Berle Farm

Johan, Art Director

My favorite cow milk yogurt at the moment is Berle Farm. Big glass jar, very simple design using only black, really good and they list the cows. 🙂

Pirate’s Booty

Katie, Account Manager

Pirate’s Booty! Don’t think they’ve changed the design since I was a kid, but I kind of like that because it feels nostalgic. I also feel like it pretends to be healthy…or like the healthy version of a Cheeto? Either way it’s addicting – it’s one of those items that I don’t need and I don’t go to the grocery store intending to buy – but when I see it just before the checkout line I have to grab it. 🙂

Early Bird Bars

Niki Giokas, Design Intern

I found these when I was in Eataly. I love the pastels against the more vibrant red and that you can see the product through the little heart window.

Café Bustelo Espresso

Wednesday, Designer

This is the absolute only packaging that I will keep after I’ve finished the using the product. I’m secretly hoarding these cans. After dinner, my family always has coffee or cappuccino made with Cafe Bustelo, so maybe my love for it is based in nostalgia. On the other hand, I don’t think the packaging has ever changed. Which speaks volumes of how effective and timeless the design is.

Pomi Tomatoes

Dana, Director of Operations

I always have their pizza sauce and chopped tomatoes in my pantry. The terrible tomatoes on offer when they are out of season make me truly sad. I love that they don’t come in cans and the packaging is quintessentially Italian. If you can get tomatoes from Italy, why wouldn’t you? Knowing that the EU has much stricter food regulations than the US kinda makes it a no-brainer.

Spindrift Sparkling Water

Carina, Brand Strategy Intern

This design caught my eye because of its simplicity. I thought this kind of look was somewhat unusual for a beverage brand – the white backdrop and fruity illustrations are more reminiscent of yogurt cups or granola cereal. But since the brand is trying to fit into the natural food arena, the design is actually quite fitting. After all, Spindrift’s visuals reflect what’s inside. Clean, simple and with just a few ingredients.

Trader Joe’s Seasoning Salt

Shivani, Cultural Strategist

This seasoning is a godsend for lazy cooks like me. In fact I’d pick up pretty much anything from Trader Joe’s as long as it’s the house brand. The packaging alone puts me in a good mood – kooky fonts, vintage illustrations, friendly copy.

TEAS’ TEA® Organic

Andre, New Business

I love the simple packaging that evokes healthy eating and drinking. I also like that the packaging tells a little origin story about the brand, derived from Japanese, and includes a haiku poem.

Trimona Bulgarian Yogurt

Anna, Creative Director

Growing up in Serbia I ate and drank tons of yogurt. That’s what we all do – yogurt with every meal, three times a day. But not just any kind of yogurt. It has to be plain and sour, not with fruits on the bottom or artificially flavored. The closest thing to it I could find was Fage Greek yogurt. But when I discovered this brand about a year and a half ago, I switched without thinking twice. It tasted just like the yogurt I ate growing up. Then there are the health benefits, and I am a freak about healthy food! The design of the container is super colorful and stands out in the sea of white yogurt packaging in the dairy aisle.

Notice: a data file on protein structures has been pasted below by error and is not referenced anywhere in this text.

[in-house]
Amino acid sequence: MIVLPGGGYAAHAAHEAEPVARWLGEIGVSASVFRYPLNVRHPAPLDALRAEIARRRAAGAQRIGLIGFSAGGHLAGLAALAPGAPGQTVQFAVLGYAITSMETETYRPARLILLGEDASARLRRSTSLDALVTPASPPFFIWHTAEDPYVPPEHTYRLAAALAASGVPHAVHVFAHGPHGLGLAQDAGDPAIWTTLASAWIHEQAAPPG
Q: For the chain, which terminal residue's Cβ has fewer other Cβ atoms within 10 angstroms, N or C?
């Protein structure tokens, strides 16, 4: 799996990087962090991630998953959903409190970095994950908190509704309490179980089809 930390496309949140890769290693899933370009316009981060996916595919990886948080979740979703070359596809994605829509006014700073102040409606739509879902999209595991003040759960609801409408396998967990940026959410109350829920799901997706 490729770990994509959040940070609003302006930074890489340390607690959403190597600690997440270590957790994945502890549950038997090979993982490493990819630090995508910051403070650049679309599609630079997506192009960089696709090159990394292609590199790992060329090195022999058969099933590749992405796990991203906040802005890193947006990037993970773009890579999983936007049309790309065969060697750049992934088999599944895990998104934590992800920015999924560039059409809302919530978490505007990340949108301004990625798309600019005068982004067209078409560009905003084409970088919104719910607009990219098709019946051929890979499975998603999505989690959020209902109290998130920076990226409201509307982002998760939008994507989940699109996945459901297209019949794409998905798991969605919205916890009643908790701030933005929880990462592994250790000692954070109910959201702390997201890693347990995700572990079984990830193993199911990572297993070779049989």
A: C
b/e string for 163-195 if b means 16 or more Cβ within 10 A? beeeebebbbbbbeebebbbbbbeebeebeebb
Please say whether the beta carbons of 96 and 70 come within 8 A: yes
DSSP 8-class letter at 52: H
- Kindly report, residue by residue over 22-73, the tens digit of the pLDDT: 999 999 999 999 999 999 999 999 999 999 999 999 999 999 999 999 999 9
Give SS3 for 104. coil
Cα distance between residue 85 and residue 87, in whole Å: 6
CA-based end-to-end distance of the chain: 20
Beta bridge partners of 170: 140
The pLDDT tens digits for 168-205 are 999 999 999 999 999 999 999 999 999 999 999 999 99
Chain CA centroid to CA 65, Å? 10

Popcorn, Indiana

Jessie, Managing Director

Quite frankly I am depriving my children of a grocery-brand-filled-childhood. As a working mother who often multi-tasks I proudly do my grocery shopping online. Therefore, my 5-year-old’s expectation is: Food arrives neatly in brown paper bags ready to unpack or be eaten immediately. It is a very rare treat for him to go into a store and pick out what he likes. This, however, has not stopped him from throwing tantrums when he doesn’t get the ‘brand’ he wants. Through the windows of bodegas and across aisles in grocery stores my 5-year-old can spot the matte red and black bag of Indiana Popcorn anywhere. He recognizes the tractor, knows the population (42) and the main ingredients of every Indiana Popcorn flavor. Every time I have to clean up tiny 5-year-old’s hands from Indiana Popcorn dust my heart swells because I know I’m creating a brand loyalist.

I buy Indiana Popcorn so my 5-year-old will be a lover of brands!


Whether a novelty, family staple or guilty pleasure, our picks reveal that our purchases are packed with meaning.

Good packaging does more than just show you what’s inside. It can take you back to childhood, tell the story of its maker, serve as the symbol of an era, or seduce you in an otherwise sea of sameness. Online shopping suffers from an eternal curse – it may be convenient, but it misses the romance of grocery shopping. We can’t smell, touch, hold, weigh, engage or interact with products sold online the way we would at the local grocery store.

And that will always remain the main benefit of physical stores – They let us squeeze the Charmin, so to speak. We have emotional, cultural and social connections with branded objects that are only made stronger by shopping in person, assuring us that the good old grocery store isn’t going away anytime soon.